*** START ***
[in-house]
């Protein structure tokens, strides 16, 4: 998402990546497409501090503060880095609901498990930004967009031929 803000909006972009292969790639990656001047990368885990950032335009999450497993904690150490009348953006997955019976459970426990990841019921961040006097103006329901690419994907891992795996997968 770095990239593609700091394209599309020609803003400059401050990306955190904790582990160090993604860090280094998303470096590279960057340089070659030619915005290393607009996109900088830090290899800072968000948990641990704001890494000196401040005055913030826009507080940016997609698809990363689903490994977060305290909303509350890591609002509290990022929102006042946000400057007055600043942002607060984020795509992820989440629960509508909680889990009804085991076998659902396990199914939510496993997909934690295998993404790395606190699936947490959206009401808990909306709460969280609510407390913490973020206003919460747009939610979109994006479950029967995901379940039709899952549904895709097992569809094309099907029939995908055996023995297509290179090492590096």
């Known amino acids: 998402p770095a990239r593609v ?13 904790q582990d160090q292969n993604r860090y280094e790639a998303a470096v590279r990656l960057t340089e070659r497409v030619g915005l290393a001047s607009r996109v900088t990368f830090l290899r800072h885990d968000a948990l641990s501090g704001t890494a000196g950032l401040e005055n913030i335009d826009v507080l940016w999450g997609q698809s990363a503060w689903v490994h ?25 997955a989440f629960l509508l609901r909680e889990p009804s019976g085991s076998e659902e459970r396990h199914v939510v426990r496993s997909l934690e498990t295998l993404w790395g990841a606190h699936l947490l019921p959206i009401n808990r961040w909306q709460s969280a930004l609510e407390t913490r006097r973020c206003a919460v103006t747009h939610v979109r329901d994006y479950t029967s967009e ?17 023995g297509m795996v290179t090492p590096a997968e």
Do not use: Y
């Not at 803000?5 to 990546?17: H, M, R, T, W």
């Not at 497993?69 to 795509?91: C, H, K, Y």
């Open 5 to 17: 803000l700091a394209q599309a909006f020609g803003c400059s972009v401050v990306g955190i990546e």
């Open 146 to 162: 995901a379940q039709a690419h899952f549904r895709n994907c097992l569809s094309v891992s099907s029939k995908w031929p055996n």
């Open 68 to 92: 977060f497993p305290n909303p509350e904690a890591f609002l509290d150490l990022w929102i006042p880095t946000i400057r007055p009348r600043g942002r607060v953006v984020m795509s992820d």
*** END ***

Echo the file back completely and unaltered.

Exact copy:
[in-house]
């Protein structure tokens, strides 16, 4: 998402990546497409501090503060880095609901498990930004967009031929 803000909006972009292969790639990656001047990368885990950032335009999450497993904690150490009348953006997955019976459970426990990841019921961040006097103006329901690419994907891992795996997968 770095990239593609700091394209599309020609803003400059401050990306955190904790582990160090993604860090280094998303470096590279960057340089070659030619915005290393607009996109900088830090290899800072968000948990641990704001890494000196401040005055913030826009507080940016997609698809990363689903490994977060305290909303509350890591609002509290990022929102006042946000400057007055600043942002607060984020795509992820989440629960509508909680889990009804085991076998659902396990199914939510496993997909934690295998993404790395606190699936947490959206009401808990909306709460969280609510407390913490973020206003919460747009939610979109994006479950029967995901379940039709899952549904895709097992569809094309099907029939995908055996023995297509290179090492590096």
């Known amino acids: 998402p770095a990239r593609v ?13 904790q582990d160090q292969n993604r860090y280094e790639a998303a470096v590279r990656l960057t340089e070659r497409v030619g915005l290393a001047s607009r996109v900088t990368f830090l290899r800072h885990d968000a948990l641990s501090g704001t890494a000196g950032l401040e005055n913030i335009d826009v507080l940016w999450g997609q698809s990363a503060w689903v490994h ?25 997955a989440f629960l509508l609901r909680e889990p009804s019976g085991s076998e659902e459970r396990h199914v939510v426990r496993s997909l934690e498990t295998l993404w790395g990841a606190h699936l947490l019921p959206i009401n808990r961040w909306q709460s969280a930004l609510e407390t913490r006097r973020c206003a919460v103006t747009h939610v979109r329901d994006y479950t029967s967009e ?17 023995g297509m795996v290179t090492p590096a997968e």
Do not use: Y
């Not at 803000?5 to 990546?17: H, M, R, T, W």
């Not at 497993?69 to 795509?91: C, H, K, Y």
């Open 5 to 17: 803000l700091a394209q599309a909006f020609g803003c400059s972009v401050v990306g955190i990546e």
């Open 146 to 162: 995901a379940q039709a690419h899952f549904r895709n994907c097992l569809s094309v891992s099907s029939k995908w031929p055996n």
């Open 68 to 92: 977060f497993p305290n909303p509350e904690a890591f609002l509290d150490l990022w929102i006042p880095t946000i400057r007055p009348r600043g942002r607060v953006v984020m795509s992820d």